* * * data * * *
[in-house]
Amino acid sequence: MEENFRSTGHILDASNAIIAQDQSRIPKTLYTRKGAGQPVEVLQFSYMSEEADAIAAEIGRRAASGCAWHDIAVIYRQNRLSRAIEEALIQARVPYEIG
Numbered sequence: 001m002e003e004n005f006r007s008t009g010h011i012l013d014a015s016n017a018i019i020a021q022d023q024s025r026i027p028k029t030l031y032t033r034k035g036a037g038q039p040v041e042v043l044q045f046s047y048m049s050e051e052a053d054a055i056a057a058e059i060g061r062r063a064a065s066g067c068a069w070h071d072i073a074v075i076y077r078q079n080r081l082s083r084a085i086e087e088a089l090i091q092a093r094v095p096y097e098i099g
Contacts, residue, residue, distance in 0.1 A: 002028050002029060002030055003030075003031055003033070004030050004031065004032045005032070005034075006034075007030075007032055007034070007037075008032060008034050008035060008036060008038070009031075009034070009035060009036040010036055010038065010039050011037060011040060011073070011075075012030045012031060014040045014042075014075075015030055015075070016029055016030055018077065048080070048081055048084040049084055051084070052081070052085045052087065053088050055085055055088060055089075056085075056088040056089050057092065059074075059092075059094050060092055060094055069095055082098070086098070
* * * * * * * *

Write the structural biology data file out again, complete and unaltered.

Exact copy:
[in-house]
Amino acid sequence: MEENFRSTGHILDASNAIIAQDQSRIPKTLYTRKGAGQPVEVLQFSYMSEEADAIAAEIGRRAASGCAWHDIAVIYRQNRLSRAIEEALIQARVPYEIG
Numbered sequence: 001m002e003e004n005f006r007s008t009g010h011i012l013d014a015s016n017a018i019i020a021q022d023q024s025r026i027p028k029t030l031y032t033r034k035g036a037g038q039p040v041e042v043l044q045f046s047y048m049s050e051e052a053d054a055i056a057a058e059i060g061r062r063a064a065s066g067c068a069w070h071d072i073a074v075i076y077r078q079n080r081l082s083r084a085i086e087e088a089l090i091q092a093r094v095p096y097e098i099g
Contacts, residue, residue, distance in 0.1 A: 002028050002029060002030055003030075003031055003033070004030050004031065004032045005032070005034075006034075007030075007032055007034070007037075008032060008034050008035060008036060008038070009031075009034070009035060009036040010036055010038065010039050011037060011040060011073070011075075012030045012031060014040045014042075014075075015030055015075070016029055016030055018077065048080070048081055048084040049084055051084070052081070052085045052087065053088050055085055055088060055089075056085075056088040056089050057092065059074075059092075059094050060092055060094055069095055082098070086098070